In the first stanza of this short poem, Arnold compares humans to islands, to suggest how distant we are from one another. He paints an image of a vast sea between the islands (people), and emphasizing their separation through the line "We mortal millions live alone."
And yet these islands are drawn to one another, through the lovely sounds of birds singing, sounds which drift between the islands. The speaker expresses his desire for connection, which modern society lacks. He suggests that we must have once been together - all the "islands" must have once been one "continent." He desperately wishes that the water between the islands would recede so that the landforms might meet again.
In the final stanza, he asks what power could possibly keep lovers apart like this, and "render vain their deep desire." The answer, he states, is God — the God of the modern world does not provide the same hope and connection that He once did, since much of faith is tainted by science.
It is likely that this poem was Arnold's response to the famous line from John Donne's Devotions opon Emergent Occasions published in 1624. The line read, "No man is an Iland, intire of it selfe; every man is a peece of the Continent, a part of the maine." (Translated to contemporary parlance, the most famous part of the line is "No man is an island.") Donne wished us to believe that none of us are entirely alone - instead, we are all interdependent, reliant on one another. Every piece of land survives and thrives as part of a greater community, or "continent."
More than 200 years later, Arnold pessimistically argues that the opposite is true. The poem suggests that every man is an island, separated by water from those around him, even though they may seemingly be close. The real tragedy, however, is our awareness of others. Each island can hear the nightingales sing from other islands, a beautiful sound that is nevertheless too distant to reach. We know that there is joy in connection, but cannot achieve that.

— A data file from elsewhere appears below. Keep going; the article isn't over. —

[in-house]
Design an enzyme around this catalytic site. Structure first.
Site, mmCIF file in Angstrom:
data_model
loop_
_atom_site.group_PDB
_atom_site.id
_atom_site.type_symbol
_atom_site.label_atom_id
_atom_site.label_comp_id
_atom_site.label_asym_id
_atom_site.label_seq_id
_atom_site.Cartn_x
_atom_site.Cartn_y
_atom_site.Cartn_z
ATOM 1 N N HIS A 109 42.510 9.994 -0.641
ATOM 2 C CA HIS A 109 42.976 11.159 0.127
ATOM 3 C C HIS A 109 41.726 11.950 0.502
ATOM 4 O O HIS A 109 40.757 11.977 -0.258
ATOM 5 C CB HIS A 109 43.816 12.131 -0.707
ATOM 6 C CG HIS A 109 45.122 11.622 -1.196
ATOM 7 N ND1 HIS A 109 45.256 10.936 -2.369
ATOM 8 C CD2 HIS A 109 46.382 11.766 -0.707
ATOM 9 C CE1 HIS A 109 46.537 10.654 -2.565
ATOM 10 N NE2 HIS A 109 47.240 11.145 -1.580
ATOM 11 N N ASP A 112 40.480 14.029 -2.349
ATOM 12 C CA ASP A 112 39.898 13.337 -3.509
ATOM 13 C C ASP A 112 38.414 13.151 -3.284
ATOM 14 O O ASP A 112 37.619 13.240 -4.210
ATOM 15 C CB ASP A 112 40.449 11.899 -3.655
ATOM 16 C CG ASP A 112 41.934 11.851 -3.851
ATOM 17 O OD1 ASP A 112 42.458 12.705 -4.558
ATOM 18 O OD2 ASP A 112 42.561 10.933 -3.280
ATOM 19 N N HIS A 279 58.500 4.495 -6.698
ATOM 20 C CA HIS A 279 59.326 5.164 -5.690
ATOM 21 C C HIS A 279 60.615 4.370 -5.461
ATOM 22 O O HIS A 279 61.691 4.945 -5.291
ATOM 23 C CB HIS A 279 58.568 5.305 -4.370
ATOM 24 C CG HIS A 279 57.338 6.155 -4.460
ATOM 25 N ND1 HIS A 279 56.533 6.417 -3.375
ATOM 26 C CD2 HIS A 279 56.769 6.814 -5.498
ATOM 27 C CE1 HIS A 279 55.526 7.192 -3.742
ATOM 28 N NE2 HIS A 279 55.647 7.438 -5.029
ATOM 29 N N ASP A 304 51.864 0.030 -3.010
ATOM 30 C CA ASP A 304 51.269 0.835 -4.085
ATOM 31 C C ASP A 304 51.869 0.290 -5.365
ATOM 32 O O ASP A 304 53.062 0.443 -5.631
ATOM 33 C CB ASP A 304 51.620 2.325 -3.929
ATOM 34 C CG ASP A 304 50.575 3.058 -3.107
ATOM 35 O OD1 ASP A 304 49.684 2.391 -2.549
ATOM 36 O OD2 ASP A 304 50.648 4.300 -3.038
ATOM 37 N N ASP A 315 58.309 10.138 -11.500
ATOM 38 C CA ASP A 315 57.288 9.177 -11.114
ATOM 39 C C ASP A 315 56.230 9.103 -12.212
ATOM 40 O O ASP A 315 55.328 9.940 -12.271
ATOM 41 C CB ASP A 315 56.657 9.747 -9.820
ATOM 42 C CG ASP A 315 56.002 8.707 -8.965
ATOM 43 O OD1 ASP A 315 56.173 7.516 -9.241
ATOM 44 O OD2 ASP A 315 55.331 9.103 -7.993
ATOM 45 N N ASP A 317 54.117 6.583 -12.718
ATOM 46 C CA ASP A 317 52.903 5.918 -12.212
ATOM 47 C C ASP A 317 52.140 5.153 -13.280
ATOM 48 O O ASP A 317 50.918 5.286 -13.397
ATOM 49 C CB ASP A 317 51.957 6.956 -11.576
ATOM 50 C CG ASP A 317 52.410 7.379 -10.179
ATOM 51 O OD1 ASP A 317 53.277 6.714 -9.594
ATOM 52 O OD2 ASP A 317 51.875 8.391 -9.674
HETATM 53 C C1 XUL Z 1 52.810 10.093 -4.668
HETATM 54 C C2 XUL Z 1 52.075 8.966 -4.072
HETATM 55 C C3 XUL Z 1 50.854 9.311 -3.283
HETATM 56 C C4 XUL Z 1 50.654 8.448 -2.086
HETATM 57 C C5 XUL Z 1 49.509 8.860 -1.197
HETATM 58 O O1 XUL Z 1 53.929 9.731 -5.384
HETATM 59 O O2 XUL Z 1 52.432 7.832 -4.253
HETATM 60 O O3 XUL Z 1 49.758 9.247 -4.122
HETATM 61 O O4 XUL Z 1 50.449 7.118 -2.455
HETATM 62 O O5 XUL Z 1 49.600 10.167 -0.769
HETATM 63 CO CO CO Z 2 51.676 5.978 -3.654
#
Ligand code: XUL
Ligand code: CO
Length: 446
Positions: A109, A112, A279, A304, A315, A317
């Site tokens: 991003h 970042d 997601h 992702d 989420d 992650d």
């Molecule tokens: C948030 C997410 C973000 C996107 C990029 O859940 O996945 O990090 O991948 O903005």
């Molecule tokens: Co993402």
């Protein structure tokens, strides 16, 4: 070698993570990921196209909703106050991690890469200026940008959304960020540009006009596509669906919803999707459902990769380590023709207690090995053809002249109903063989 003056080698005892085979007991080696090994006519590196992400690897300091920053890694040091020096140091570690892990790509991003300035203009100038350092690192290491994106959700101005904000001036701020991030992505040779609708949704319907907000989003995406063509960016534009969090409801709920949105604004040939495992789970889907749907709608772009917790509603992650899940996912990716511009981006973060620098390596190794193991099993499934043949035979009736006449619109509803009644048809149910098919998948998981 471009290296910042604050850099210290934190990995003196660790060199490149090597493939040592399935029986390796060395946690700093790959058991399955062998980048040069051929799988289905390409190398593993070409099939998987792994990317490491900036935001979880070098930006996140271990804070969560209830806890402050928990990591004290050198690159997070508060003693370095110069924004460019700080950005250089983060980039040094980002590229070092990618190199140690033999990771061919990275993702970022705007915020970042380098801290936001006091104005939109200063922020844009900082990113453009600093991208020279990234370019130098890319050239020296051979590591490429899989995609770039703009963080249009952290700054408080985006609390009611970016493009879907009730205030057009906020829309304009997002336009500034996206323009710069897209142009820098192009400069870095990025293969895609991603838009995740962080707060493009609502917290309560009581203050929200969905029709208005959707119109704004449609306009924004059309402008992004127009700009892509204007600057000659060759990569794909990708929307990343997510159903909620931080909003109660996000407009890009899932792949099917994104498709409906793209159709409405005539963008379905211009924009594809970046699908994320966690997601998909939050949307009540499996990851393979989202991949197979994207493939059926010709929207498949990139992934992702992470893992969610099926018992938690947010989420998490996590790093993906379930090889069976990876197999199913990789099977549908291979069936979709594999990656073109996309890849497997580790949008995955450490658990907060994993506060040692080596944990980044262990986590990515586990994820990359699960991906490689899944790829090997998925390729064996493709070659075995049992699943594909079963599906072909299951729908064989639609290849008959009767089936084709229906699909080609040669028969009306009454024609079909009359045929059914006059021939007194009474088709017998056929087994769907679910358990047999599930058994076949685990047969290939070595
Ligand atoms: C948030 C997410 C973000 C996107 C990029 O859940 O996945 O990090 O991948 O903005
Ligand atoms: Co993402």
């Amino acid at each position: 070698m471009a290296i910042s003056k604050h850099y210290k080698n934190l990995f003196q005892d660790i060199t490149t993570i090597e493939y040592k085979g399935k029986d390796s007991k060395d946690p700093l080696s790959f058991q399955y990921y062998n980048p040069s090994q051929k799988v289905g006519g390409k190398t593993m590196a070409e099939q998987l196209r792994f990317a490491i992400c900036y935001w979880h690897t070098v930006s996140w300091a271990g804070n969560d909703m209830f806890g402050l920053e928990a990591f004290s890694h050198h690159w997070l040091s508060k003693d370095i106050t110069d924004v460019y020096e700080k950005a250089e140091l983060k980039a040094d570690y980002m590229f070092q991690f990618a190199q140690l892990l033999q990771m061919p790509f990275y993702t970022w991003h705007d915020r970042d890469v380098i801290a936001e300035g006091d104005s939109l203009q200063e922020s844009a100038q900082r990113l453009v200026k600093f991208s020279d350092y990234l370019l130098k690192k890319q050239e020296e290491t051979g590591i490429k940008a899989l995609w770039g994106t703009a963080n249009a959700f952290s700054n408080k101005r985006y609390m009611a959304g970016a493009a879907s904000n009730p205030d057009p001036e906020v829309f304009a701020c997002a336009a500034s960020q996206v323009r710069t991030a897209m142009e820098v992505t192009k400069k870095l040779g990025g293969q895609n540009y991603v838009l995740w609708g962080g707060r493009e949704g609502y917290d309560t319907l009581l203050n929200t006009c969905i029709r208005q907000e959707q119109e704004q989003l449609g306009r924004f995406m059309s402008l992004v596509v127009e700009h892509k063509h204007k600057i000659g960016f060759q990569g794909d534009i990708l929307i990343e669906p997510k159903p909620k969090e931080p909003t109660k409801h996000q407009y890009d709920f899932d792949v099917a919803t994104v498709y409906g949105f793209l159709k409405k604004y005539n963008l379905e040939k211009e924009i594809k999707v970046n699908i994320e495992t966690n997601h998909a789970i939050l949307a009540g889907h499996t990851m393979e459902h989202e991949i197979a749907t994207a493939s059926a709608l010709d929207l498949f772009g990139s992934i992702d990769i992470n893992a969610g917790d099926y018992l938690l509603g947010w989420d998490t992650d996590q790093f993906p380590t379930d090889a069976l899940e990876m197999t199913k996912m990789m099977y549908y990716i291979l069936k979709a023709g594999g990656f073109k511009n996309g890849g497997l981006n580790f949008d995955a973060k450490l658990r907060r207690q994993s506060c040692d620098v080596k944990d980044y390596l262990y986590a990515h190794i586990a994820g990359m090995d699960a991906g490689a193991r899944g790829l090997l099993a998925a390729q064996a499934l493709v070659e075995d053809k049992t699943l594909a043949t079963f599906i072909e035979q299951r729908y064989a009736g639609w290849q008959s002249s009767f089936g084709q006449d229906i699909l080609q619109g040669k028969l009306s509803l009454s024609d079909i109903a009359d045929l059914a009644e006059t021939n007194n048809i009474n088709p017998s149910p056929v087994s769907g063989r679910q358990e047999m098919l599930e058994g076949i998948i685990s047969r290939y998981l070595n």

The undercurrent of the poem is a skepticism in scientific discovery. The basic premise - that the continent has broken apart and drifted into separate islands - is based on a rational theory that reflects Enlightenment thought. This rational, scientific reading might have a basis in fact, but it for Arnold makes us spiritually distant from one another. We have traded faith - in the great community engendered by shared religious faith - for separation.
The line "We mortal millions live alone" is one of Arnold's most famous. It is so effective for a number of reasons; first, the juxtaposition of "millions" and "alone" is eerie and unsettling; surrounded by so many people all the time, it is hard for any of us to imagine feeling entirely alone. The word alone is italicized to stress that fact; in Victorian England, human isolation was extremely prominent, and being alone was a realistic fear. The terminal punctuation at the end of this line also adds to its potency. There are very few lines that end terminally in this poem; most are halted by commas, which is a subtle form of enjambment (when a sentence continues from one line to another). The period at the end of this sentence allows it to resonate with a reader all the more strongly, since the next line is a whole new idea rather than a continuation of this one. The overall effect is one of unease, which naturally aligns with the sadness and anger at the poem's center.
This poem highlights in particular the isolation brought on by romantic and sexual feelings. In stanza 2, Arnold uses metaphors of nightingales, starry nights, and "lovely notes" to illustrate the connection between people. Naturally, these are romantic images. However, he then negates the potential to connect with these sounds in the subsequent two stanzas, suggesting the impossibility of such intimate connection. Yet again, the awareness of love is worse than ignorance of it, since the former eventually leads to "despair." Overall, the poem espouses an extremely pessimistic worldview, one that acknowledges the potential for human connection, but then express frustration that "longing's fire/Should be, as soon as kindled, cool'd."